Genetics is a field of biology that studies how traits are passed from parents to their offspring. The passing of traits from parents to offspring is known as heredity, therefore, genetics is the study of heredity. This introduction to genetics takes you through the basic components of genetics such as DNA, genes, chromosomes and genetic inheritance.
Genetics is built around molecules called DNA. DNA molecules hold all the genetic information for an organism. It provides cells with the information they need to perform tasks that allow an organism to grow, survive and reproduce. A gene is one particular section of a DNA molecule that tells a cell to perform one specific task.
Heredity is what makes children look like their parents. During reproduction, DNA is replicated and passed from a parent to their offspring. This inheritance of genetic material by offspring influences the appearance and behavior of the offspring. The environment that an organism lives in can also influence how genes are expressed.
DNA is the cornerstone of genetics and is the perfect place to start for an introduction to genetics. DNA stands for deoxyribonucleic acid and it is the molecule that holds the genetic information for a cell and an organism.
A DNA molecule contains a code that can be used by a cell to express certain genes. Specific sections of a DNA molecule provides the information to build specific proteins which can then be used by a cell to express the desired gene.
A DNA molecule is a nucleic acid, one of the four molecules of life. It comes in the form of a long, linear molecule referred to as a strand. Each strand of DNA is bonded to a second strand of DNA to form a DNA double helix. In eukaryotic cells, DNA is found in the nucleus as a tightly coiled double helix.
DNA molecules are replicated during cell division. When a cell divides, the two new cells contain all the same DNA that the original cell had.
In sexual reproduction with two parents, half of the DNA of the offspring is provided by each of the parents. The genetic material of a child is made from 50% of their mother’s DNA and 50% their father’s DNA.
A gene is a specific segment of a DNA molecule that holds the information for one specific protein. DNA molecules have a unique code for each gene which codes for their specific protein. Some organisms can have more than 100,000 different genes so they will have 100,000 unique sequences of DNA ‘code’.
Genes are the basic unit of heredity. The genes of an individual are determined by their parent or parents. A bacteria that is born by one parent cell splitting into two cells and has the exact same genes as their one parent cell.
A human, on the other hand, has two copies of each gene – one set from their mother and a second set from their father. Different forms of the same gene are called alleles. For each gene, a human can have two different alleles or two of the same alleles – one from each parent.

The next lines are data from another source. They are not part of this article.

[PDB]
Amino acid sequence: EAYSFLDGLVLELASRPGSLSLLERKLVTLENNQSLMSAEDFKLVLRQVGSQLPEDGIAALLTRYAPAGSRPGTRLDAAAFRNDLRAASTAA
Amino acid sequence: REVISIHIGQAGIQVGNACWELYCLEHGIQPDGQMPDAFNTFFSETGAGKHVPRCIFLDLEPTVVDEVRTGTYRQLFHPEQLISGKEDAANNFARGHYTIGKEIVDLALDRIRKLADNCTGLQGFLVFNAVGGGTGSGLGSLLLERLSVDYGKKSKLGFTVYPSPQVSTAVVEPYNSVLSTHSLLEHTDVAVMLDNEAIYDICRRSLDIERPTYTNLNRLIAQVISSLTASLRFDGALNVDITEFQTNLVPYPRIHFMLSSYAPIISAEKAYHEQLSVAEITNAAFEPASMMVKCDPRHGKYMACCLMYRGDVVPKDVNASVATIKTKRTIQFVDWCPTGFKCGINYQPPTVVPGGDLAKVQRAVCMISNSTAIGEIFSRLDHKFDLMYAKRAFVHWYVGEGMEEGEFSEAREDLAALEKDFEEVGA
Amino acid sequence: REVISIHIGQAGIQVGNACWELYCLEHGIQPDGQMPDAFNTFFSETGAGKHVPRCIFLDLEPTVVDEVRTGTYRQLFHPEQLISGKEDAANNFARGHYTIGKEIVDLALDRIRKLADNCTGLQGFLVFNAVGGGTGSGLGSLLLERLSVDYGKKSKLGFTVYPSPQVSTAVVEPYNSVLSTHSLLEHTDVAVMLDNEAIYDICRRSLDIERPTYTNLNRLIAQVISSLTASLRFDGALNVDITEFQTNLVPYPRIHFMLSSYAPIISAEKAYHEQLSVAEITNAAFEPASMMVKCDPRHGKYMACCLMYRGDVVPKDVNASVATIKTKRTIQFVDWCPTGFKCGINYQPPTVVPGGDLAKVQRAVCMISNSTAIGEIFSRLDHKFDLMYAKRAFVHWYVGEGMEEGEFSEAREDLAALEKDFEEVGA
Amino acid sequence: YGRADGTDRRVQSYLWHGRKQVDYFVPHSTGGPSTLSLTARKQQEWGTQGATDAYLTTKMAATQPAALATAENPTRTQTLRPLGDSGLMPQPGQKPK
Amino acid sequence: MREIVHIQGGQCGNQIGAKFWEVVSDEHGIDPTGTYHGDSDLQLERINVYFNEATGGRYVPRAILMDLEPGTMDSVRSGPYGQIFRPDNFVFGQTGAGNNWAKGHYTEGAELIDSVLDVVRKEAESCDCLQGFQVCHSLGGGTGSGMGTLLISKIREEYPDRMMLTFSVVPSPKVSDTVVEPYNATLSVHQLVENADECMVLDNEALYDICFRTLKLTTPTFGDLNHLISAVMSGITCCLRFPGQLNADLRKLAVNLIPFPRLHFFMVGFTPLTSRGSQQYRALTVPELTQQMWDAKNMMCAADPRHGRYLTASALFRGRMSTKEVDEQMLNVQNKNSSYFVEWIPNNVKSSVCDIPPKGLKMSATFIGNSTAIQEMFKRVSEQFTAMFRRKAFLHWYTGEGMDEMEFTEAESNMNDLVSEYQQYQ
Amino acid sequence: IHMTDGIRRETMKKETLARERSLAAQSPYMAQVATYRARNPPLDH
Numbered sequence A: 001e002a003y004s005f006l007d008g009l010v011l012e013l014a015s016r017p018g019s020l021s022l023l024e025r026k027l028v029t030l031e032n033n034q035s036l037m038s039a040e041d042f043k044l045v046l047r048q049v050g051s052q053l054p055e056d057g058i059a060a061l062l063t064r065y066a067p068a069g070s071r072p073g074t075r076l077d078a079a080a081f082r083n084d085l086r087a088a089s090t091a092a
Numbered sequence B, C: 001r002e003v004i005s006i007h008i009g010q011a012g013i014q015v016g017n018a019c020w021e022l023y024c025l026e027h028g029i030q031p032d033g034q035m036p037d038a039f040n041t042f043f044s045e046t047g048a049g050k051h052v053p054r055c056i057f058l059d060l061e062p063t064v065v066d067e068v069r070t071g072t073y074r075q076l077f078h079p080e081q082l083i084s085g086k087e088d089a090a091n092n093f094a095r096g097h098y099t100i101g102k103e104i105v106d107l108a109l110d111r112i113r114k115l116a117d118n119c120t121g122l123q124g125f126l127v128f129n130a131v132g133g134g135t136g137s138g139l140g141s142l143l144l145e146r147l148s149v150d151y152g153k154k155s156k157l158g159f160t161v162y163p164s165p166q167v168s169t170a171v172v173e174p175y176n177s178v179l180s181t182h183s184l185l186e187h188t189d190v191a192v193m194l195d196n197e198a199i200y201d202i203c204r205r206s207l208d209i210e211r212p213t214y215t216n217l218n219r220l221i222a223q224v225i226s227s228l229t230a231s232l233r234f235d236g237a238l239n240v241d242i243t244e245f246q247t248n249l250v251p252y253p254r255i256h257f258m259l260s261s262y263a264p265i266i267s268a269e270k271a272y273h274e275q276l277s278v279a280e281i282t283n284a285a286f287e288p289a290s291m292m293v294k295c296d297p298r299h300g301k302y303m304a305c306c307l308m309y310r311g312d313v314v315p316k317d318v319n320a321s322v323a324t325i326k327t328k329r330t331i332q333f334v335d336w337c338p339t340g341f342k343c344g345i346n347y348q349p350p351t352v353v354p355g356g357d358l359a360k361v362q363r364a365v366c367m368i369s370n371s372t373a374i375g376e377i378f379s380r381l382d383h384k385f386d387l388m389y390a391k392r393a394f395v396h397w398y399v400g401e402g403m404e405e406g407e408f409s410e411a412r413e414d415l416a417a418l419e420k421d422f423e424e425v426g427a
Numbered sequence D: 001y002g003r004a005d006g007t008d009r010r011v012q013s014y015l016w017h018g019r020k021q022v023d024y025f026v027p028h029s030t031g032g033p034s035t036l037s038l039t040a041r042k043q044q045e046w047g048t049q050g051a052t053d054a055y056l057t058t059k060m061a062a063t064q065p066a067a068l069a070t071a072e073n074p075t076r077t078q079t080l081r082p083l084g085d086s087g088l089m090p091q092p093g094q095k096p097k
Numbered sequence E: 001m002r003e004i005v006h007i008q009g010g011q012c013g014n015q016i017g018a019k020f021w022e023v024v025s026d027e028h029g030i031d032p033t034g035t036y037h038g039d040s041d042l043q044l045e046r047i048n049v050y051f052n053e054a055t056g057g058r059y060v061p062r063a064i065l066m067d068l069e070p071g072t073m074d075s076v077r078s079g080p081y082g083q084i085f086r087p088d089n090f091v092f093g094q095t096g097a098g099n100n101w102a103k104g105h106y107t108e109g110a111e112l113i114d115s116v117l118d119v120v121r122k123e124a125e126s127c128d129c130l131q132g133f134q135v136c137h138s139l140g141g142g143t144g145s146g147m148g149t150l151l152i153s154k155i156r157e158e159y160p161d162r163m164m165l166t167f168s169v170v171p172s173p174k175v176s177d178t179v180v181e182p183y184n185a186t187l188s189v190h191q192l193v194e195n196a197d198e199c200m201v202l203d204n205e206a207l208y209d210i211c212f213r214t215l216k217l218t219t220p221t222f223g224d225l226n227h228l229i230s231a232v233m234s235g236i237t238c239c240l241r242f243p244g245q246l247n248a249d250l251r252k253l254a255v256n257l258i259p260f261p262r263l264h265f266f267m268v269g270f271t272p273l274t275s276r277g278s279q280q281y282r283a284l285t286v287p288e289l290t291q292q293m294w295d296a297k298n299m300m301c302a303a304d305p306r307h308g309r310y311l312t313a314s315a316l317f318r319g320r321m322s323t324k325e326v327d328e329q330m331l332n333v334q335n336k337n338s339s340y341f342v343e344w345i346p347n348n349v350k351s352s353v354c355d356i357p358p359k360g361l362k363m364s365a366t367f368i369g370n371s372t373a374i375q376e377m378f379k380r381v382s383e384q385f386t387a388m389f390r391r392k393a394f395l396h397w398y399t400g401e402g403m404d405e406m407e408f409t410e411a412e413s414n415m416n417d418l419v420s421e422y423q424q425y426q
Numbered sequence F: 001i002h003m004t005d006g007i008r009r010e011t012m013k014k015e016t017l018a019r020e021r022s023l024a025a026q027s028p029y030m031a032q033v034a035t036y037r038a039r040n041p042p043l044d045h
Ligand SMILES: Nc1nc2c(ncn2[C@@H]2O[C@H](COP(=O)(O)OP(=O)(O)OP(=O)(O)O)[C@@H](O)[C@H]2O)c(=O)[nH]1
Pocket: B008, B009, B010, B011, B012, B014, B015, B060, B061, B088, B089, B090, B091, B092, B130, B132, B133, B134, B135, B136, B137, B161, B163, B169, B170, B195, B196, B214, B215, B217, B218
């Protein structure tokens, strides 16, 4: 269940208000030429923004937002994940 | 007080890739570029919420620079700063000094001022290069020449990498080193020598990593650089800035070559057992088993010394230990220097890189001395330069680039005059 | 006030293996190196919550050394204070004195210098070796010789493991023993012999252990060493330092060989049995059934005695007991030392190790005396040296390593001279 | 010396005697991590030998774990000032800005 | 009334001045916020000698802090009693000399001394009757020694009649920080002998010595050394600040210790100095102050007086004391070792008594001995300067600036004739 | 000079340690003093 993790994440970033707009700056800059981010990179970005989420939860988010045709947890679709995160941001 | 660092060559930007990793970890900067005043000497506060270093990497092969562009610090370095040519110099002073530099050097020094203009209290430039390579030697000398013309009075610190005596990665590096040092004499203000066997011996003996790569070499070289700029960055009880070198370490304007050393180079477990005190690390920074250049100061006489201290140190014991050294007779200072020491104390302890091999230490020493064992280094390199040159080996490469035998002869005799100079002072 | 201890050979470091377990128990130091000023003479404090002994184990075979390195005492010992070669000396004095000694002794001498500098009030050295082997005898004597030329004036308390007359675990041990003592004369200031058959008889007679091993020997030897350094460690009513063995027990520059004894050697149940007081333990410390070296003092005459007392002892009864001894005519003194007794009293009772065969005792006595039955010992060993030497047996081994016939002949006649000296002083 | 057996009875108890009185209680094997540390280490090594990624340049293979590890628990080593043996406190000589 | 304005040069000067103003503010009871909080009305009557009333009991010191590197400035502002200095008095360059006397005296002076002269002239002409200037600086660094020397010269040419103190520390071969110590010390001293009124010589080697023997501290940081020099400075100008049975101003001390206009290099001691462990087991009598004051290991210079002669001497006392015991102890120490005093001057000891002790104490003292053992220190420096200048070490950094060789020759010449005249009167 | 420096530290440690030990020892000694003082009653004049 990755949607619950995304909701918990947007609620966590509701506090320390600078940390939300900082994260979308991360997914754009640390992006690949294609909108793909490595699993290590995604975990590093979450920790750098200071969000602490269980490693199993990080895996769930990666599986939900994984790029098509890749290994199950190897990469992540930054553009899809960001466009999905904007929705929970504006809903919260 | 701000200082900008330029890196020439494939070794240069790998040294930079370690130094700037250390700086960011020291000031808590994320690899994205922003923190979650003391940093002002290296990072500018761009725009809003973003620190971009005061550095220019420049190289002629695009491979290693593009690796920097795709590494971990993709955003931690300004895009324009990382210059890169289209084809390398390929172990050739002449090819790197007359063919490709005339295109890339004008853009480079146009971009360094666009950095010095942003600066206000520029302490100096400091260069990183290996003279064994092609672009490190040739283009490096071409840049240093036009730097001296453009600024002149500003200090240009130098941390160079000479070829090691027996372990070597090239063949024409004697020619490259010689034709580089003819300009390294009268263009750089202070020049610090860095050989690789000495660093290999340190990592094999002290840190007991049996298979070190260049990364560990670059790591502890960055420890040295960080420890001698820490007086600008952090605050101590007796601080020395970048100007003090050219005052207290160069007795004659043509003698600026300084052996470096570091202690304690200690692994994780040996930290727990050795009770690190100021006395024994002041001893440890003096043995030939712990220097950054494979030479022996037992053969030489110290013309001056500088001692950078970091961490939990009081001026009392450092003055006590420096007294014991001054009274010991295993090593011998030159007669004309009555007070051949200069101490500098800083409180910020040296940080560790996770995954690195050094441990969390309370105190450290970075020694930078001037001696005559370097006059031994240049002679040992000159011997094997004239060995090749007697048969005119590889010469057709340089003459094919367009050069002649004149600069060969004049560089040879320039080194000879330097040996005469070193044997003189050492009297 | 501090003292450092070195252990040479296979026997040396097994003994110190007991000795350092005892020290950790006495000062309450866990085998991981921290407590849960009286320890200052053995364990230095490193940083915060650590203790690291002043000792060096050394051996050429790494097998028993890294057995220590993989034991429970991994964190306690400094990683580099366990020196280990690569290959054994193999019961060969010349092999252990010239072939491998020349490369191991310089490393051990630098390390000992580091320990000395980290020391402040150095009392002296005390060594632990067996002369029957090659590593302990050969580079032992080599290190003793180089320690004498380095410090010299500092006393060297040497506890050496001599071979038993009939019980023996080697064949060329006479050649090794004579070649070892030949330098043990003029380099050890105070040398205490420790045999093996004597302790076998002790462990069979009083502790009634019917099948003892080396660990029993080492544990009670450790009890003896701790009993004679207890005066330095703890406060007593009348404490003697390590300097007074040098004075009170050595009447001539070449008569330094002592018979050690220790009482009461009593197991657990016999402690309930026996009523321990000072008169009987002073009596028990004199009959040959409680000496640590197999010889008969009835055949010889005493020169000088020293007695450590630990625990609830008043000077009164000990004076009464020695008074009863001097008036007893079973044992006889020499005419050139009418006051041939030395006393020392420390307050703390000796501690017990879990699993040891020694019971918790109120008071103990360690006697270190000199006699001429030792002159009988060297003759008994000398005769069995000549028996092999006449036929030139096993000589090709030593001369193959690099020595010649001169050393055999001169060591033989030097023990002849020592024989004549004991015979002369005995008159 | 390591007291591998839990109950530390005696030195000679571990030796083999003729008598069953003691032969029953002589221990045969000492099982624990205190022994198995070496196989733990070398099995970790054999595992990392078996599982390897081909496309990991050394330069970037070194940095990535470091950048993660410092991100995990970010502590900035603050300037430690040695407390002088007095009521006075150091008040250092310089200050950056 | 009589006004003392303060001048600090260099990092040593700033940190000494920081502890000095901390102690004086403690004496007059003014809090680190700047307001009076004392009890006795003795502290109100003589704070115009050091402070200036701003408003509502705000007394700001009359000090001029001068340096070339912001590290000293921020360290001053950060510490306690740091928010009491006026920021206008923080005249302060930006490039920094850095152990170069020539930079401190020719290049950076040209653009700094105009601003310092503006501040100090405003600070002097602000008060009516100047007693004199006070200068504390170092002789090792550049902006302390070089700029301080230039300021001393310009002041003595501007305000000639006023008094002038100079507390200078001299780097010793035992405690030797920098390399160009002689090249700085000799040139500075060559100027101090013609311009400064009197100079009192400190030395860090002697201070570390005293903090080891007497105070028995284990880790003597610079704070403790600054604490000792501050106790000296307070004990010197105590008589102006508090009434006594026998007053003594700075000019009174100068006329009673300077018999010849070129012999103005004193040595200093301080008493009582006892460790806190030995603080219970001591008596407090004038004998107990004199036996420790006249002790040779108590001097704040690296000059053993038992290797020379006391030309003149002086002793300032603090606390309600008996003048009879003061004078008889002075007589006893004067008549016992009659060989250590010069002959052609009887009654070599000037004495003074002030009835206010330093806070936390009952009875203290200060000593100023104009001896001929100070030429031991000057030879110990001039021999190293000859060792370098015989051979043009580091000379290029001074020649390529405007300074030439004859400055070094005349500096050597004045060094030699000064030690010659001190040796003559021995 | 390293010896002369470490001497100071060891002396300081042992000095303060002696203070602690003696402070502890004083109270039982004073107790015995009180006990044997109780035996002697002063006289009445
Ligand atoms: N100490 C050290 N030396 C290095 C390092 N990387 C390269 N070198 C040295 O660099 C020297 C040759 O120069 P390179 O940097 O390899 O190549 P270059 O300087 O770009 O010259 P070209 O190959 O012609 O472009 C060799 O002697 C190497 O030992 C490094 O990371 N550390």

Physical traits such as eye color or height are often determined by the combination of multiple genes. The environment an individual lives in also impacts how genes are expressed.
A chromosome is a structure made from tightly packed strands of DNA and proteins called histones. Strands of DNA are tightly wrapped around the histone proteins and form into long worm-shaped structures called ‘chromatids’. Two chromatids join together to form a chromosome.
Chromosomes are formed in the nucleus of a cell when a cell is dividing. It is possible to see chromosomes under an ordinary light microscope if the cell is in the right stage of cell division.
The number of chromosomes varies between species. Humans have 46 chromosomes. Some species can have many more than 100 chromosomes while others can have as little as two.
Inheritance is the backbone of genetics and is an important topic to cover in an introduction to genetics. Long before DNA had been discovered and the word ‘genetics’ had been invented, people were studying the inheritance of traits from one generation to the next.
Genetic inheritance occurs both in sexual reproduction and asexual reproduction. In sexual reproduction, two organisms contribute DNA to produce a new organism. In asexual reproduction, one organism provides all the DNA and produces a clone of themselves. In either, genetic material is passed from one generation to the next.
Experiments performed by a monk named Gregor Mendel provided the foundations of our current understanding of how genetic material is passed from parents to their offspring.
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Last edited: 11 December 2016